“Universal credit is clearly failing in its current form. Labour is committed to a root-and-branch review of the social security system to ensure it tackles poverty and provides support when people need it.”

The benefit sanctions system has long been fiercely criticised for causing hardship and depression, often on flimsy evidence of wrongdoing – and with little proof that they work.

In a damning report in 2016, the National Audit Office castigated the DWP for failing to monitor people whose benefits had been docked and suggested the system cost more money than it saved.

A DWP spokesperson said: “The ‘in work progression trials’ helped encourage claimants to increase their hours, seek out progression opportunities and take part in job-related training.

“The trials delivered positive results for many of the lowest paid people who claim universal credit and we are now considering the findings.”

Apart from the DWP , anyone anywhere believe that UC , as it is , is a good product ?

If a car , even British Leyland would have been embarrased to even design such a model let alone put it into production ?

At Street Level , where would hundreds of thousands go without Trussells and others stepping into the void ?

McVey admits some people will be worse off on universal credit despite counter claim from No 10 - Politics live.

If somebody is telling the truth , somebody else must be lying ?

There again , in politics , both will be telling the same half truth ... or half lie ???

https://www.theguardian.com/society/201 ... e-poll-tax

Universal credit : welfare secretary admits some families will be worse off.

Esther McVey remark contradicts No 10’s and comes after John Major warned of poll tax-style backlash.

The work and pensions secretary, Esther McVey, has admitted some families will be “worse off” under universal credit, after a warning from Sir John Major that the controversial welfare overhaul could end up being as damaging as the poll tax.

Her comments contradict what Downing Street has said about universal credit this week, after it was reported that McVey told a cabinet meeting that half of lone parents and about two-thirds of working-age couples with children would lose the equivalent of £2,400 a year. The prime minister’s spokesman has since said no one would lose out as they moved on to universal credit.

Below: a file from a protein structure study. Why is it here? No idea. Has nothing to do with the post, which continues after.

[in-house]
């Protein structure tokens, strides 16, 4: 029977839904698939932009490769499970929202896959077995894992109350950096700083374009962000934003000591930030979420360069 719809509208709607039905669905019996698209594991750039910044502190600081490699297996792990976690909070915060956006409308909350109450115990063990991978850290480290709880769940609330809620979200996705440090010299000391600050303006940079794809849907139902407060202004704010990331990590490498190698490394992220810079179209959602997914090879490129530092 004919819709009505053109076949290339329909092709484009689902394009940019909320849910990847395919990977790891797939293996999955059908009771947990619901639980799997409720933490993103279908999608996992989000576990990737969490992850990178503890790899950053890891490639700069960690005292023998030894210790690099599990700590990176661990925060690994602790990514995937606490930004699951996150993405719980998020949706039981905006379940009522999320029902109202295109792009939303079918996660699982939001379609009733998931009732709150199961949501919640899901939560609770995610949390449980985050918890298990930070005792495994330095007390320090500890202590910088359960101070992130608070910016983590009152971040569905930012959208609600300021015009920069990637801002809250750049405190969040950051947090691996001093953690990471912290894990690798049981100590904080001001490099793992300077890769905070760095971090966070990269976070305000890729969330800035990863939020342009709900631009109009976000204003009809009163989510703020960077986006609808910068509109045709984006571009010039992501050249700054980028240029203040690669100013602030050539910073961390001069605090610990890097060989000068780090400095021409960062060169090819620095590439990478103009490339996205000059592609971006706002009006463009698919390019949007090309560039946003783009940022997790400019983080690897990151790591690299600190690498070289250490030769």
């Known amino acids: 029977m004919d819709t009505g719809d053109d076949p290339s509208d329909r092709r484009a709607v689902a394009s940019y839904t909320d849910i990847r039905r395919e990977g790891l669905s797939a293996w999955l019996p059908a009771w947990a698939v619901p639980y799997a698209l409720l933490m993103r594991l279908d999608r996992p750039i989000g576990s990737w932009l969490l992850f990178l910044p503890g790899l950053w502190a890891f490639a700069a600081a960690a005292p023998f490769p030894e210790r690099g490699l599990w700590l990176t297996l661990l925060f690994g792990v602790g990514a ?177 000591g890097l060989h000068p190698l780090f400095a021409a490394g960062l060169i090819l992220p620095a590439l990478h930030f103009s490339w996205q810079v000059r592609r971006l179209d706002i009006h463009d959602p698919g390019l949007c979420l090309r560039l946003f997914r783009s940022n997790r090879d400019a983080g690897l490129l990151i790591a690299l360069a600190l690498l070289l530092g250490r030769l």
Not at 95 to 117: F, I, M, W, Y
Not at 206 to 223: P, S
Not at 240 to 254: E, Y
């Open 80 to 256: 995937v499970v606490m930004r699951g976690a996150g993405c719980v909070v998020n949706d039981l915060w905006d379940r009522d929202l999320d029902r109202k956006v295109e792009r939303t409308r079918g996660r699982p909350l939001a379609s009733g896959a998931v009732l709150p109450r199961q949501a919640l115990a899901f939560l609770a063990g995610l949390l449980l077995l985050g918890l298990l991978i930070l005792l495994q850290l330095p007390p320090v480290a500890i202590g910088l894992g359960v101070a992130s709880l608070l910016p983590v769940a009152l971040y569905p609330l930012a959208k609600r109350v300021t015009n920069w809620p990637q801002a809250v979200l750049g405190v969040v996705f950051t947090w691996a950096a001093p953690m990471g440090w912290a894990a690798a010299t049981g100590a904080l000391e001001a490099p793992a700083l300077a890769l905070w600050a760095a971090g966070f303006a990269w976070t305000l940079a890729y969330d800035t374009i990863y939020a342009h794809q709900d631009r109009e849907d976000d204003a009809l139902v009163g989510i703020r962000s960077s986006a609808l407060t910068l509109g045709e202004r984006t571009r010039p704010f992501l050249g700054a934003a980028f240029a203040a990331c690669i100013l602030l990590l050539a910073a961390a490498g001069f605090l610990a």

However, on Thursday McVey admitted it was possible some families would lose out. “I’ve said we made tough decisions. Some people will be worse off,” she told the BBC. “Under the old system, 700,000 people didn’t get £285 a month, so they didn’t get the money they were owed. Under the old system the most vulnerable in society weren’t getting as much money as we are now going to give them.”

Labour hopes to expose Conservative disquiet about the system in an opposition debate in parliament on universal credit planned for next week. The Tory MP Johnny Mercer, an outspoken backbencher, said on Thursday he had grave concerns about the system.“Universal credit was designed so that no one would be worse off,” Mercer tweeted. “Stop the tax-free allowance rise and reinvest into UC, or I can’t support it. Not politically deliverable in Plymouth I’m afraid.”

On Thursday, Major became the latest grandee to launch a fierce attack on the flagship benefits scheme, saying it could do as much damage to the Conservative party as the 1980s poll tax backlash among voters.

While Major said he supported the logic behind the welfare changes, which are to be introduced for 3.95 million more people from July, he questioned whether they were workable in practice.

The former Labour prime minister Gordon Brown urged the government on Wednesday to abandon the full national rollout, suggesting Britain was otherwise on course for a summer of discontent and poll tax-style chaos.

Major told the BBC: “I don’t oppose the principle of universal credit, [but] I think there is a real danger that it will be introduced too soon and in the wrong circumstances.

“So I do think we need to look very carefully at how it is introduced and when it is introduced and what the circumstances are and the resources there are available to assist its introduction.The argument that it is to encourage people to get into work isn’t an argument that runs, to me, on something of that sort.”

He added: “In order to introduce something like universal credit, you need to look at those people who in the short term are going to lose, and protect them, or you will run into the sort of problems the Conservative party ran into in the late 1980s.”